How to Carve a Pumpkin

By: Tracy V. Wilson  | 

Advanced Pumpkin Carving

Use a sharp tool to transfer the stencil to the pumpkin's surface.

You can make a wide variety of jack-o'-lanterns using basic pumpkin-carving techniques and simple sketches. But if you aren't skilled in drawing or want a really elaborate jack-o'-lantern, you may want to try using a stencil.

You can find stencils online or purchase books that include a selection of stencils. It's a good idea to select your stencil before you buy your pumpkin -- you want to make sure your stencil will fit on the pumpkin you choose. Take your stencil with you when you go shopping.


When carving from a stencil, you'll need all the tools used for basic pumpkin carving. In addition, you'll need an artist's stylus, an ice pick or an awl. These are all long, narrow, pointed tools that can make small holes in the surface of the pumpkin. You'll use these holes to transfer the design from the stencil to the pumpkin.

An ice pick
Image courtesy

Prepare your stencil before you start carving the pumpkin. Cut the excess paper from the edge of the stencil, leaving enough room to tape the stencil to the pumpkin. Study your stencil carefully and figure out which parts of the pumpkin will be removed in the cutting process. You may want to cut out the corresponding parts of the stencil if you find the lines too confusing.


Once you're comfortable with your stencil, prepare your pumpkin. Clean the surface, cut out the lid, remove the pulp and crape the inside clean. Then, tape your stencil to the pumpkin. Make sure it follows the pumpkin's curves as much as possible. You may need to cut your stencil into smaller pieces that will match the contours of your pumpkin.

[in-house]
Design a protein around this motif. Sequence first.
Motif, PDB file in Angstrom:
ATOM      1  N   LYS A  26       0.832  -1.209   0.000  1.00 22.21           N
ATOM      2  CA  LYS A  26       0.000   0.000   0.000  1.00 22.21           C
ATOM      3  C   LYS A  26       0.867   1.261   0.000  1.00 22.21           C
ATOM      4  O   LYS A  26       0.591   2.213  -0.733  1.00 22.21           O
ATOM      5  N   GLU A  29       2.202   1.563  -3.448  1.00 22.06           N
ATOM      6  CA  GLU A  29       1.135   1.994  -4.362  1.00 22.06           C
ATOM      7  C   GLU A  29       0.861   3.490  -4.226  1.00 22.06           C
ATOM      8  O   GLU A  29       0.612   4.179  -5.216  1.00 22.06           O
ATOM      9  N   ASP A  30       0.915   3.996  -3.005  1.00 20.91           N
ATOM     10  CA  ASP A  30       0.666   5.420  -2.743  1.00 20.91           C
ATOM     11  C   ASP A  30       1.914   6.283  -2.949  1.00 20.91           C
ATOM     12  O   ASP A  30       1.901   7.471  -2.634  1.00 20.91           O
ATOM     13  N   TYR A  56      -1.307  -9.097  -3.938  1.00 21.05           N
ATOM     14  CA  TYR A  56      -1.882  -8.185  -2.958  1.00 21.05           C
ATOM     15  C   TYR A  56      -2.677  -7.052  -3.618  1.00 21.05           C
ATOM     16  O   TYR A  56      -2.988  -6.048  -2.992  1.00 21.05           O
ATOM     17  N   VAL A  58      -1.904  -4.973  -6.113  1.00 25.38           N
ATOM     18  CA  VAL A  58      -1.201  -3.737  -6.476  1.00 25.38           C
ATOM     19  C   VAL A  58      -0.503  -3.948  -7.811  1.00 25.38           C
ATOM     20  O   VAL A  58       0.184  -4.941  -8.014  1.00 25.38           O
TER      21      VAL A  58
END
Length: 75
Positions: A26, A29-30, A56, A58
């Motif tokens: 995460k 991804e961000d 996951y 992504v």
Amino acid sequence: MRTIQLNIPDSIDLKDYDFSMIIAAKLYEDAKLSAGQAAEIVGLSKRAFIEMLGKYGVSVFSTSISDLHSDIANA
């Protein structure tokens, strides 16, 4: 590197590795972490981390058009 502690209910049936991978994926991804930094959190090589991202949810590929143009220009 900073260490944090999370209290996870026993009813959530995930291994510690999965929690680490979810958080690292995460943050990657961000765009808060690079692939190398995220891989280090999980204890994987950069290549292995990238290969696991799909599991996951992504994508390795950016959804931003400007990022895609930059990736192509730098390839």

Once your stencil is securely in place, use your stylus to punch small holes into the skin of the pumpkin. Follow the lines of the stencil carefully, and make your holes fairly close together. Don't try to punch your stylus all the way through the pumpkin -- just make holes in the skin that you can use as a guide. Once you've made small holes along each line in the stencil, remove it and keep it nearby for your reference.

You may find it helpful to use a utility or craft knife to connect the dots before you start carving to create a guide for your knife. Use a paring knife or a keyhole saw to connect the dots that you made with the stylus, referring to your printed stencil as needed. Cut out large pieces first, and fill in the details later. If necessary, go back around your design and clean up the edges.